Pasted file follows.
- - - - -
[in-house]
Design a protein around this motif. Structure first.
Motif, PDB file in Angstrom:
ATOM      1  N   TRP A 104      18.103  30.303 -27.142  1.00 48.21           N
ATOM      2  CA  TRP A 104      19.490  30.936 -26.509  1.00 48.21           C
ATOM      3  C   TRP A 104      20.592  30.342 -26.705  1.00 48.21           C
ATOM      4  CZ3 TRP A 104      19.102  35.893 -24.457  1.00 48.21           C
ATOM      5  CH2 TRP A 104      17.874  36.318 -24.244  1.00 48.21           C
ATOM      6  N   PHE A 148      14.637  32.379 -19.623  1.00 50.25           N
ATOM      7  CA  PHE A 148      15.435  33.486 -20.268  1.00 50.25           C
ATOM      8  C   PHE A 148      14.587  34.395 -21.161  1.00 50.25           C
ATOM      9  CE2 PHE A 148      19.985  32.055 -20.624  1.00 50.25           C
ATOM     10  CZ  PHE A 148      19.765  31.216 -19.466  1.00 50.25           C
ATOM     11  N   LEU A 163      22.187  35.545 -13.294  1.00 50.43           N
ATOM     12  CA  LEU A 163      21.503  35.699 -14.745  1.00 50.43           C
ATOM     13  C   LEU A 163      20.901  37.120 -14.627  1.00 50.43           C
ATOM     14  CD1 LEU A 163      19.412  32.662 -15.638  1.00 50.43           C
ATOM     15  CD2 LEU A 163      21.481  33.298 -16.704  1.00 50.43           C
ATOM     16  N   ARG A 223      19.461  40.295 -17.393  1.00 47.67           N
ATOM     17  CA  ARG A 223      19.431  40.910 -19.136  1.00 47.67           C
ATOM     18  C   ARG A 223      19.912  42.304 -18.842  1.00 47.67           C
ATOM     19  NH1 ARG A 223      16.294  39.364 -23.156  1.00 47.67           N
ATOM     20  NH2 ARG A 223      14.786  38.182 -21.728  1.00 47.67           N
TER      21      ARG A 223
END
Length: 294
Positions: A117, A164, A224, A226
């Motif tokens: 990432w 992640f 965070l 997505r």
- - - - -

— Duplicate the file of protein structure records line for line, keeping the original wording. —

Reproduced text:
[in-house]
Design a protein around this motif. Structure first.
Motif, PDB file in Angstrom:
ATOM      1  N   TRP A 104      18.103  30.303 -27.142  1.00 48.21           N
ATOM      2  CA  TRP A 104      19.490  30.936 -26.509  1.00 48.21           C
ATOM      3  C   TRP A 104      20.592  30.342 -26.705  1.00 48.21           C
ATOM      4  CZ3 TRP A 104      19.102  35.893 -24.457  1.00 48.21           C
ATOM      5  CH2 TRP A 104      17.874  36.318 -24.244  1.00 48.21           C
ATOM      6  N   PHE A 148      14.637  32.379 -19.623  1.00 50.25           N
ATOM      7  CA  PHE A 148      15.435  33.486 -20.268  1.00 50.25           C
ATOM      8  C   PHE A 148      14.587  34.395 -21.161  1.00 50.25           C
ATOM      9  CE2 PHE A 148      19.985  32.055 -20.624  1.00 50.25           C
ATOM     10  CZ  PHE A 148      19.765  31.216 -19.466  1.00 50.25           C
ATOM     11  N   LEU A 163      22.187  35.545 -13.294  1.00 50.43           N
ATOM     12  CA  LEU A 163      21.503  35.699 -14.745  1.00 50.43           C
ATOM     13  C   LEU A 163      20.901  37.120 -14.627  1.00 50.43           C
ATOM     14  CD1 LEU A 163      19.412  32.662 -15.638  1.00 50.43           C
ATOM     15  CD2 LEU A 163      21.481  33.298 -16.704  1.00 50.43           C
ATOM     16  N   ARG A 223      19.461  40.295 -17.393  1.00 47.67           N
ATOM     17  CA  ARG A 223      19.431  40.910 -19.136  1.00 47.67           C
ATOM     18  C   ARG A 223      19.912  42.304 -18.842  1.00 47.67           C
ATOM     19  NH1 ARG A 223      16.294  39.364 -23.156  1.00 47.67           N
ATOM     20  NH2 ARG A 223      14.786  38.182 -21.728  1.00 47.67           N
TER      21      ARG A 223
END
Length: 294
Positions: A117, A164, A224, A226
């Motif tokens: 990432w 992640f 965070l 997505r």